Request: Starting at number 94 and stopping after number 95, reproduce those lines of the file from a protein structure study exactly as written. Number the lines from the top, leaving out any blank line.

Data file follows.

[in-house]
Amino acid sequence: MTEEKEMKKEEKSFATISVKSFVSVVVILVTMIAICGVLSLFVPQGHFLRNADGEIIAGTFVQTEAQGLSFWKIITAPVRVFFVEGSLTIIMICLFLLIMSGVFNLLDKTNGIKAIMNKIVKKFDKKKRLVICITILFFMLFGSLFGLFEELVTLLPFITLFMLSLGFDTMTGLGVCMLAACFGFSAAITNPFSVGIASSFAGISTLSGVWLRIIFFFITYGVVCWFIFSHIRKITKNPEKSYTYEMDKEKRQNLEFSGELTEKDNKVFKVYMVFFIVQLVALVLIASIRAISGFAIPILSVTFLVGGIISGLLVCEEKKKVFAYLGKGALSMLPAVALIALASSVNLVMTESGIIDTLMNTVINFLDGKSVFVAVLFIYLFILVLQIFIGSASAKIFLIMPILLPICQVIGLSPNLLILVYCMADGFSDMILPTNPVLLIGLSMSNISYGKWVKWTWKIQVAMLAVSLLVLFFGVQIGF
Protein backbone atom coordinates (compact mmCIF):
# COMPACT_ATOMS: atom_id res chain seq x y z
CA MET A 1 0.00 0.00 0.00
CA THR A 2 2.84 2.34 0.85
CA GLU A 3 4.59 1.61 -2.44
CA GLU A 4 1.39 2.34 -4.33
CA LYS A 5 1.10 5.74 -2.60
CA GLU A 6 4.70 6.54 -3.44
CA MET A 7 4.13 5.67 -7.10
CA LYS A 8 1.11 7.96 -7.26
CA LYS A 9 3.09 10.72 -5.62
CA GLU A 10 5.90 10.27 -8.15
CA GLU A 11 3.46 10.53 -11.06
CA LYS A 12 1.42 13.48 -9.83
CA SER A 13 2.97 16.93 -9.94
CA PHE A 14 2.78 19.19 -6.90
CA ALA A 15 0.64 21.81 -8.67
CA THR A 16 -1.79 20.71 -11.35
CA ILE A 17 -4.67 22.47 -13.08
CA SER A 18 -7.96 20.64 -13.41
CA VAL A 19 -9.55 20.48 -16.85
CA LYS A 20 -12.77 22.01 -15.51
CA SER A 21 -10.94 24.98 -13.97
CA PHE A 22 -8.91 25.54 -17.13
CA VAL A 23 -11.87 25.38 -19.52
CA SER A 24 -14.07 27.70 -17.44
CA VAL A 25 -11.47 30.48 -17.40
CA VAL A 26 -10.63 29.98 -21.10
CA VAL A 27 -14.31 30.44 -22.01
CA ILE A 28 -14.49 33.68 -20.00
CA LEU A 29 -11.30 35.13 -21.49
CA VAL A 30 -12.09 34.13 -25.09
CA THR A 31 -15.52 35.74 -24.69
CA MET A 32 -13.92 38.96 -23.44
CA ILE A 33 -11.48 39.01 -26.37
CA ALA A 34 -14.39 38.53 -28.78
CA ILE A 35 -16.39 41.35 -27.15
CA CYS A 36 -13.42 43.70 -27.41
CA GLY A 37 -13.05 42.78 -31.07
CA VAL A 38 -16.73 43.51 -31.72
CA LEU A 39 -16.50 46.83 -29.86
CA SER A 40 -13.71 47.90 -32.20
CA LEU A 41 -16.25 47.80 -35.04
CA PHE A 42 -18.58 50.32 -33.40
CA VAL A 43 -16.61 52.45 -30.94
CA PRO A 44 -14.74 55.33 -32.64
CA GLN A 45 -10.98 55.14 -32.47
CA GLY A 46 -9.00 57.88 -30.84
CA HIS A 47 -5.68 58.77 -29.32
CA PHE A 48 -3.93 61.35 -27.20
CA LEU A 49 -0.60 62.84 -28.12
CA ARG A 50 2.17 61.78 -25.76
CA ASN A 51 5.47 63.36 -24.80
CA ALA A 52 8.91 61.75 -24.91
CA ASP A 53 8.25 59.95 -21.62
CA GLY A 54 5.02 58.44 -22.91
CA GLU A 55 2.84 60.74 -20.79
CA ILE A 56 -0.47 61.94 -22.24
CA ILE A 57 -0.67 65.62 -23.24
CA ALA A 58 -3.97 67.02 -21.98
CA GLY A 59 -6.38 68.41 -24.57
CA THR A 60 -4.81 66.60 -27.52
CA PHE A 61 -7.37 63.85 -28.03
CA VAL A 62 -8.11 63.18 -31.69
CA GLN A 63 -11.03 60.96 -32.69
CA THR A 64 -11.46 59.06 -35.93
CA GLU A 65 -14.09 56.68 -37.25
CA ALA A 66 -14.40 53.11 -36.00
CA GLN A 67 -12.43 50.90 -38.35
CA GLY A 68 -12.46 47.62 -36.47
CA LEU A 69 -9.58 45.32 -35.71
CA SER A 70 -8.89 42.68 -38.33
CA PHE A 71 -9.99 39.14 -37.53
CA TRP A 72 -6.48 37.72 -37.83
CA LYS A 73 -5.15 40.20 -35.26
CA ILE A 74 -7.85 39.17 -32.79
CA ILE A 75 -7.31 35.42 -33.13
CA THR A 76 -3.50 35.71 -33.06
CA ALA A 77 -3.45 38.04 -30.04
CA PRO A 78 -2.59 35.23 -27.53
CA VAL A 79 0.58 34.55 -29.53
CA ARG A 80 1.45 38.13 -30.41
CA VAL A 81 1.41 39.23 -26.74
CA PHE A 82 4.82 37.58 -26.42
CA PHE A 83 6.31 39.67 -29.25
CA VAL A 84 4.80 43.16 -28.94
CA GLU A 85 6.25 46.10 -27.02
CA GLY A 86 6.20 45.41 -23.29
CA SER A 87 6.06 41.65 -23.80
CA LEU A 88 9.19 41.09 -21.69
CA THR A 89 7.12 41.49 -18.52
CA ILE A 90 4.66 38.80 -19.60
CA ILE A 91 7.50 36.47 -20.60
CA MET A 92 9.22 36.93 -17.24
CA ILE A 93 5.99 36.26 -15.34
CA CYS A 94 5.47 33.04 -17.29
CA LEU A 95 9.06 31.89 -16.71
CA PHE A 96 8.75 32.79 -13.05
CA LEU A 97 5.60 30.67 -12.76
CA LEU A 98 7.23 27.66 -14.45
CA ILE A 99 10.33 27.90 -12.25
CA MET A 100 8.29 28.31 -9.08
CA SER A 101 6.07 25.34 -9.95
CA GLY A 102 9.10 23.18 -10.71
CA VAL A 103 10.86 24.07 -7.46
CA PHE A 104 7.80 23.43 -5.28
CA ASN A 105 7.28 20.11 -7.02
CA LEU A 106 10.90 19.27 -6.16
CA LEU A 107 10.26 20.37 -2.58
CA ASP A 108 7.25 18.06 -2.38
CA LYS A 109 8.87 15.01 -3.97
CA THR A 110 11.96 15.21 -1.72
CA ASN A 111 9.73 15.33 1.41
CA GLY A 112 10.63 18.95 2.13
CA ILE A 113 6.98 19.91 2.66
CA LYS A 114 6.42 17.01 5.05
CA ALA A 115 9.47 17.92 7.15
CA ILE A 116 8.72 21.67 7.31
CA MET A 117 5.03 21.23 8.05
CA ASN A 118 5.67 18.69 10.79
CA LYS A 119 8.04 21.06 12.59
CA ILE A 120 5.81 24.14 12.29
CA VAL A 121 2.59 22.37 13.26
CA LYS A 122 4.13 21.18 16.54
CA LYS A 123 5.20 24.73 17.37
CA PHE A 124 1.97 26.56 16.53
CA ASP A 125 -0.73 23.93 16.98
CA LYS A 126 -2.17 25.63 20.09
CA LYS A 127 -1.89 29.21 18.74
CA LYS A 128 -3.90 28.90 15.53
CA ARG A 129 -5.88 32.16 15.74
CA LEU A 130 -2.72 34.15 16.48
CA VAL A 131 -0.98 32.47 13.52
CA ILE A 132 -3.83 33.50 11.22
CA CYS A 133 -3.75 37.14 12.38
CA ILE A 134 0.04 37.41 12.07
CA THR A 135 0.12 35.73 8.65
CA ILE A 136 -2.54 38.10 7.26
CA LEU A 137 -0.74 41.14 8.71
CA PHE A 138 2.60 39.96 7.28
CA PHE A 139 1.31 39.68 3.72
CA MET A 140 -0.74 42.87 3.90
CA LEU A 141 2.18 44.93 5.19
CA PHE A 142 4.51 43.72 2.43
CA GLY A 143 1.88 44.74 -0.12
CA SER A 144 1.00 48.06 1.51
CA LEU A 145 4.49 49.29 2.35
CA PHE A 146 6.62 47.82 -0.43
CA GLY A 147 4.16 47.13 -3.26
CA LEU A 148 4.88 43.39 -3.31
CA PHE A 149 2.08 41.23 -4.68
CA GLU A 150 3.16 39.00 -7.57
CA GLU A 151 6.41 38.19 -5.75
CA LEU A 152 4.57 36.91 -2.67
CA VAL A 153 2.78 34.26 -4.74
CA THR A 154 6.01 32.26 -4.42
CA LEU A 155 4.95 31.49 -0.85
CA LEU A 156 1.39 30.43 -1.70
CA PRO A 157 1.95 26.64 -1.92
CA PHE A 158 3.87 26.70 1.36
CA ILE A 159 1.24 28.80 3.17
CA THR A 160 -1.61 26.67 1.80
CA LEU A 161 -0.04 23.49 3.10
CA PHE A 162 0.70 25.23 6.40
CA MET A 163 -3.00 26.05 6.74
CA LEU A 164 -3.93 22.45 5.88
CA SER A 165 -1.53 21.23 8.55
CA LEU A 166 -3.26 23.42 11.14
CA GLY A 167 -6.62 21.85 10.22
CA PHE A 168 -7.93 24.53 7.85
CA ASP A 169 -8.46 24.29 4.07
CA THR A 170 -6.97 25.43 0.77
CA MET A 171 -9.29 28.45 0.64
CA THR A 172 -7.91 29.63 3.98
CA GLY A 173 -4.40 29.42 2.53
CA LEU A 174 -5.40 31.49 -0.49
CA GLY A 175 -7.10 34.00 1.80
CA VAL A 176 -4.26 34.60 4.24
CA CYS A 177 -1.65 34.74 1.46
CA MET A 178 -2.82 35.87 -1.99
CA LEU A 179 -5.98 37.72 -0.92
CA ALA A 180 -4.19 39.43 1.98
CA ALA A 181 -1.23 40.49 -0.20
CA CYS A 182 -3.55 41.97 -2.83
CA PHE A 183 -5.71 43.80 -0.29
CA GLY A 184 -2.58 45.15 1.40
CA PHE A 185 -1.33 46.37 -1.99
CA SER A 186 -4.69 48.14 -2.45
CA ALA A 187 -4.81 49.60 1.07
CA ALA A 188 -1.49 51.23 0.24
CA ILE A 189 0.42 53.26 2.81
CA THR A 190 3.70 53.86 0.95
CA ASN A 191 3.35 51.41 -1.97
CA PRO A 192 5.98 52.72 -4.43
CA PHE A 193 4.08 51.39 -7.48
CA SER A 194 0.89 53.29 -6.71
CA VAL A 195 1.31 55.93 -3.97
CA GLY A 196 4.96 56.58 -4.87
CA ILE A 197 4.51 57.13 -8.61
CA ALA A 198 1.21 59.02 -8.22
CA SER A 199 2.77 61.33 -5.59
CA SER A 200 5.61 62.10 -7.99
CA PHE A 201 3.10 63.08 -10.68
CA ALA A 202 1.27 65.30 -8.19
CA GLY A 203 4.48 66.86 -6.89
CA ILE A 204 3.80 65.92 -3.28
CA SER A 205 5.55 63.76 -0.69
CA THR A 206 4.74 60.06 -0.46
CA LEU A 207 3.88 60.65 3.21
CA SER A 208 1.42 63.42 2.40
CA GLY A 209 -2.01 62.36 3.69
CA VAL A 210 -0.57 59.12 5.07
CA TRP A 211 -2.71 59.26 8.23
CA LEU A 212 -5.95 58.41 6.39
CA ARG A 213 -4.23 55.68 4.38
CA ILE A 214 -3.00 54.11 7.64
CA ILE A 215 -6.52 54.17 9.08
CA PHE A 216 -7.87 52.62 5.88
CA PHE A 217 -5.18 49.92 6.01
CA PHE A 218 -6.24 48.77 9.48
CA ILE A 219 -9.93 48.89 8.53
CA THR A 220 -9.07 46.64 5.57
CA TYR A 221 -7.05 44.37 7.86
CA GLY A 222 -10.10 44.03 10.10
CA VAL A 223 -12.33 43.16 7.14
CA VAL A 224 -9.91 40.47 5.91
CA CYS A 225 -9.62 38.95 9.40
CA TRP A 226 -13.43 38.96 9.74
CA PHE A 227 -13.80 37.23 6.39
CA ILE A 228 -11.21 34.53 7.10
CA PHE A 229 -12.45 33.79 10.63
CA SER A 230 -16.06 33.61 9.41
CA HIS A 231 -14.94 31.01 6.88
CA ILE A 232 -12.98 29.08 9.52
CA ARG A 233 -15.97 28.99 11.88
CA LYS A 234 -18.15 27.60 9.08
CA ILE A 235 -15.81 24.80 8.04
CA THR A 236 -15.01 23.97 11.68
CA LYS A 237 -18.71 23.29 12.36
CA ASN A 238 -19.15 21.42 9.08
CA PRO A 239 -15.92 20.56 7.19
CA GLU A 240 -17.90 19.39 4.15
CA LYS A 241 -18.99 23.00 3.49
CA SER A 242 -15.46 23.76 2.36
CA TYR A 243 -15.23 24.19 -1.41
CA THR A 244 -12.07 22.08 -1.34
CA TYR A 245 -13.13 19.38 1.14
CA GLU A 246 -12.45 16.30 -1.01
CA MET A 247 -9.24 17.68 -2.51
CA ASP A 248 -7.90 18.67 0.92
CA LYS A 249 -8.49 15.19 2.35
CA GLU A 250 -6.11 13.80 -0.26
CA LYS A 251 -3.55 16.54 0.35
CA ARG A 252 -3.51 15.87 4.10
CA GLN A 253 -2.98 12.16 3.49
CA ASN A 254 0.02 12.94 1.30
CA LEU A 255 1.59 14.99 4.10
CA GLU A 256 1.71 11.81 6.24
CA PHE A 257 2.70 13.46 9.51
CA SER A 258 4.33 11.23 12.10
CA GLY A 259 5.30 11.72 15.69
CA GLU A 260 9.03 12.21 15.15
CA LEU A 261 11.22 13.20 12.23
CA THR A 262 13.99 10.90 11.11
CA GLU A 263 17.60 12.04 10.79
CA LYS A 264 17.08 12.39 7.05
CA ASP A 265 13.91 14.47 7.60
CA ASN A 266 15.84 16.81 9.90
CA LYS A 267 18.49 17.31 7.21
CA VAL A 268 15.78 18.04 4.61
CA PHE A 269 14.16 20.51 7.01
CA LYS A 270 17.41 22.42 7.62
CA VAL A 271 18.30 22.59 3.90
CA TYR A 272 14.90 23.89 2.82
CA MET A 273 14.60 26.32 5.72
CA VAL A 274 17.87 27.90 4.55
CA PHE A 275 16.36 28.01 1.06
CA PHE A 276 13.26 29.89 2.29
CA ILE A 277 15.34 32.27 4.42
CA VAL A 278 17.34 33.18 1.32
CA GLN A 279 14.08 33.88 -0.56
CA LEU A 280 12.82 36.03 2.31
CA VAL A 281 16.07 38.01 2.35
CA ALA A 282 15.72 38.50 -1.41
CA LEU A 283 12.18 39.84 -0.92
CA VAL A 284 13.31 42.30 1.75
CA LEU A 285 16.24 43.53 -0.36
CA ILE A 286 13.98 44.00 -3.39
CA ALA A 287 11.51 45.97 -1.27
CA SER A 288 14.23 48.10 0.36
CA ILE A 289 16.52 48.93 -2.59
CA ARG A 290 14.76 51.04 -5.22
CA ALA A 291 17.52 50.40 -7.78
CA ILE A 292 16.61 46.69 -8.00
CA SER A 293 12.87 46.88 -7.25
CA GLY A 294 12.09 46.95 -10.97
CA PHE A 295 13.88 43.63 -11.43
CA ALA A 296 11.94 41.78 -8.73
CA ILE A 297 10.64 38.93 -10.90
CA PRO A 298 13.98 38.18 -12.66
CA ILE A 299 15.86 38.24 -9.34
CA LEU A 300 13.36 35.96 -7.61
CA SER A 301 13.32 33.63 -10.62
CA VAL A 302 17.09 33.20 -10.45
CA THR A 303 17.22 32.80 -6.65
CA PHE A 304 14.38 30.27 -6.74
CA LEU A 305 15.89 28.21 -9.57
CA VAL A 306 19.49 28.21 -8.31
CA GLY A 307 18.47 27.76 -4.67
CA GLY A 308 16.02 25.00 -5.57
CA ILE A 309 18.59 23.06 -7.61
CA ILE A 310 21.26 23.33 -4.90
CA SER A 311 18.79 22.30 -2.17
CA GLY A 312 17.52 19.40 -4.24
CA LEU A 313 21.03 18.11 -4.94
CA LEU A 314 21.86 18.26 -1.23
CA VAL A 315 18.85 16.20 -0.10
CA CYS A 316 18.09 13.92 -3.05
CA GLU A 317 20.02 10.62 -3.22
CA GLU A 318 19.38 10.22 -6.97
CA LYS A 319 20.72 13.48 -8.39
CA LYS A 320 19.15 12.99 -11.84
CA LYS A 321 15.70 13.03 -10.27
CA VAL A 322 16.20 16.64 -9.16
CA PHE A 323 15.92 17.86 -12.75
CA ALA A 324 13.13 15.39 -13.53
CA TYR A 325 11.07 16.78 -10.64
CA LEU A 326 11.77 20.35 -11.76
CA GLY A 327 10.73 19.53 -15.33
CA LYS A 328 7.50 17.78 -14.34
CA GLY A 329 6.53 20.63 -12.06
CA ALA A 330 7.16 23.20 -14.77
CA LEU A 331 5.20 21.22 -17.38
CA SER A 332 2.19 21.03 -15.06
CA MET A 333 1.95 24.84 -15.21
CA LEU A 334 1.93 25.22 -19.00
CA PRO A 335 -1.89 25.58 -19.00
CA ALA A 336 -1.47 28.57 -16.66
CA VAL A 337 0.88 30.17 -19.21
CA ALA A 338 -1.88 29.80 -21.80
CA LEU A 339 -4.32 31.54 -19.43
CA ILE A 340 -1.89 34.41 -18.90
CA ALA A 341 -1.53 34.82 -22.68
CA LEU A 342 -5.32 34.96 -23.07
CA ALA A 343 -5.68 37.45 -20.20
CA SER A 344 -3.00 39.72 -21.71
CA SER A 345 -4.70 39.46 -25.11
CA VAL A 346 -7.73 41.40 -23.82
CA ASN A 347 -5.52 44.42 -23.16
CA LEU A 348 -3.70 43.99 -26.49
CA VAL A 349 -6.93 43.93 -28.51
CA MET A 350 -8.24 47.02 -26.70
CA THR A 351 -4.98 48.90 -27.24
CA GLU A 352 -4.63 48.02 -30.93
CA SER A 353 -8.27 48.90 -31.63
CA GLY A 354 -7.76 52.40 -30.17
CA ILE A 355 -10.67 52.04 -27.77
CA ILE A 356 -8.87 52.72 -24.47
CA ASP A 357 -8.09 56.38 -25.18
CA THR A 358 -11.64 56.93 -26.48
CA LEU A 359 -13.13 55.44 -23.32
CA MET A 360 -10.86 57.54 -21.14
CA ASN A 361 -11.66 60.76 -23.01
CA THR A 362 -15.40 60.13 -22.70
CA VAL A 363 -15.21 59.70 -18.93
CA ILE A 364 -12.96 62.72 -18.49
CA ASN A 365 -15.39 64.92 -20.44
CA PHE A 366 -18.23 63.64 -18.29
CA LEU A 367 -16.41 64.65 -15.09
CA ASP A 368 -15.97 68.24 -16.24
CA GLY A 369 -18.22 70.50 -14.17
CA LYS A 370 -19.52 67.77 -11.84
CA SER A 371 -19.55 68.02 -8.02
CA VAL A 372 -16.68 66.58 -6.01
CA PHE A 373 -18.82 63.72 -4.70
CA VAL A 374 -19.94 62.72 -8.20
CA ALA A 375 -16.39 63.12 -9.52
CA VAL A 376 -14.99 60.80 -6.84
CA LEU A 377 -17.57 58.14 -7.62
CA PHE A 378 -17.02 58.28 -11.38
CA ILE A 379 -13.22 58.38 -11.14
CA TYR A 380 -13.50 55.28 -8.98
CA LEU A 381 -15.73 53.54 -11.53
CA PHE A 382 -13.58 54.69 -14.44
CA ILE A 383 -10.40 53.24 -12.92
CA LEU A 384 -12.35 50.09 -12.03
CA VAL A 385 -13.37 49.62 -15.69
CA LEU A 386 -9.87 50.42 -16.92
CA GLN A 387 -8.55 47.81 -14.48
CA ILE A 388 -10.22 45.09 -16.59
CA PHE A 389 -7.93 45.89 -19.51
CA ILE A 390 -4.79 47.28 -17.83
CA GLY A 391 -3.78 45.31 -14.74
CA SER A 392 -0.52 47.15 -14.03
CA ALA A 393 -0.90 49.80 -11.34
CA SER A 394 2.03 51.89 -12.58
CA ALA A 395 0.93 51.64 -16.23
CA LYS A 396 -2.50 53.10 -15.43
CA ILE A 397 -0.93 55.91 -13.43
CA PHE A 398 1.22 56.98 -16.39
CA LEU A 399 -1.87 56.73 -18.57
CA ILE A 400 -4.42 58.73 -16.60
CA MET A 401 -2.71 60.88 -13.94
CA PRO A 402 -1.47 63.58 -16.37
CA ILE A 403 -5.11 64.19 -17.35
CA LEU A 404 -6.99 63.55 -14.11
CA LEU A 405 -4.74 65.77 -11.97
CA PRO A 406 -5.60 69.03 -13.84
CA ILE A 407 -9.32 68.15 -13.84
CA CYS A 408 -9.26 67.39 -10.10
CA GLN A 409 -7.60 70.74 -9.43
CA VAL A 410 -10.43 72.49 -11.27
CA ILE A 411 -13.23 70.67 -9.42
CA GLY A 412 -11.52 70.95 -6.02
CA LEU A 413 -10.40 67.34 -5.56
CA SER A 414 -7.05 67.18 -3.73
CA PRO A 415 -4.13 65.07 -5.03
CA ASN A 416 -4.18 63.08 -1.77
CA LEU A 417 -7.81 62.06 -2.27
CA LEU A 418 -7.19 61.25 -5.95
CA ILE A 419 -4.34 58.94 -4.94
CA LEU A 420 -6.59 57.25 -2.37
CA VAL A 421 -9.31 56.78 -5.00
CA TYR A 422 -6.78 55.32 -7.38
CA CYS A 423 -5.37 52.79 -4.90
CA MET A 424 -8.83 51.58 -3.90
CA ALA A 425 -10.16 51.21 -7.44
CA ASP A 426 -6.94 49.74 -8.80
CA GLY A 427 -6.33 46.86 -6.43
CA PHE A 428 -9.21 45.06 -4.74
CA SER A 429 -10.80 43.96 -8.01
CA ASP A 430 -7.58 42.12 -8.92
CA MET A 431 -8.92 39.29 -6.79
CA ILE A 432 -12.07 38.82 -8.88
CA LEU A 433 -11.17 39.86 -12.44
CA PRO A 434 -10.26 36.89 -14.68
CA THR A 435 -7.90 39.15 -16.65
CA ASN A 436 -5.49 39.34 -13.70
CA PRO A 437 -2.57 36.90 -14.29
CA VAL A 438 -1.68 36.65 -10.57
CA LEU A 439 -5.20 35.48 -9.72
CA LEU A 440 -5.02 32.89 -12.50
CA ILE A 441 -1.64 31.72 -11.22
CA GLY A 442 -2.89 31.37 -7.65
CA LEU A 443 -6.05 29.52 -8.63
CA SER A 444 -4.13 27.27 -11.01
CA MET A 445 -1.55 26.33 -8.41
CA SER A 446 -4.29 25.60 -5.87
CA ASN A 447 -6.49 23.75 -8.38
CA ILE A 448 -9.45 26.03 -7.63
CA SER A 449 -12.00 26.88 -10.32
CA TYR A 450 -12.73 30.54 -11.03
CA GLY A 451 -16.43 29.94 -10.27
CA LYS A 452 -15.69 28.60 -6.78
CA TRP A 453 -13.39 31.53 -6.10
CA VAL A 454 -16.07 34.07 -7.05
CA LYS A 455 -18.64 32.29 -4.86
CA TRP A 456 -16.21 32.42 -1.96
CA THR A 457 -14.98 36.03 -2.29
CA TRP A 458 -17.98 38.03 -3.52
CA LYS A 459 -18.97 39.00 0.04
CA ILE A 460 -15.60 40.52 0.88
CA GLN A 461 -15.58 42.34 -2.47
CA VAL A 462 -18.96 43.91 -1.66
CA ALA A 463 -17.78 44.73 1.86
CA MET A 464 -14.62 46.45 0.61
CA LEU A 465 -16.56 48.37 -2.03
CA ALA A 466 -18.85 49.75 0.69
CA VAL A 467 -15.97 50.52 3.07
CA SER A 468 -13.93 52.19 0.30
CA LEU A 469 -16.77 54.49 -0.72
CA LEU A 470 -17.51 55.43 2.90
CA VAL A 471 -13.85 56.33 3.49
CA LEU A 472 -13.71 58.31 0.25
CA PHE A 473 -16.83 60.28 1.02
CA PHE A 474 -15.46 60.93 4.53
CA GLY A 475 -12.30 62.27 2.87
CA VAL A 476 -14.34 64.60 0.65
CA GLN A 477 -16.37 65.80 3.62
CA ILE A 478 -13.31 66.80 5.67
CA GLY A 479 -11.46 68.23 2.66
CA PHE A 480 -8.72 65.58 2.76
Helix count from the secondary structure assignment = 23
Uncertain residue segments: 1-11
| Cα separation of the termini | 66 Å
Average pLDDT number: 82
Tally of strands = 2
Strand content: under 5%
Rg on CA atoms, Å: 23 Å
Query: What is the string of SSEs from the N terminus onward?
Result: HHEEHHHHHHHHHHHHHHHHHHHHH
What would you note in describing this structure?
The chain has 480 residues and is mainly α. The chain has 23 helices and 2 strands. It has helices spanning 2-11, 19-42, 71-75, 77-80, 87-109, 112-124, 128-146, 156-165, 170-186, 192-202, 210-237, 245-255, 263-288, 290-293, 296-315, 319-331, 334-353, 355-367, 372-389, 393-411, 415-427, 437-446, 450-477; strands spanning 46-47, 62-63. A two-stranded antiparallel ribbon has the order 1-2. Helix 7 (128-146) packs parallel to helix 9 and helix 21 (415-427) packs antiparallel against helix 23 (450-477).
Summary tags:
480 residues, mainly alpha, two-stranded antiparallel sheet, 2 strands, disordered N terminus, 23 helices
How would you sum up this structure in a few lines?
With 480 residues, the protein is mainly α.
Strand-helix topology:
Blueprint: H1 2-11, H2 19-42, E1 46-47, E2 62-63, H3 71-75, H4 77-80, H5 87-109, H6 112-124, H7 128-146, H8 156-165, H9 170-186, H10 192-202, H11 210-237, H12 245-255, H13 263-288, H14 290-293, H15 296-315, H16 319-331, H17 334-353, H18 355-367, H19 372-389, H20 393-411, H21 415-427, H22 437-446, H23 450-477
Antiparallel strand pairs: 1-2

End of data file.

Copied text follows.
CA ILE A 90 4.66 38.80 -19.60
CA ILE A 91 7.50 36.47 -20.60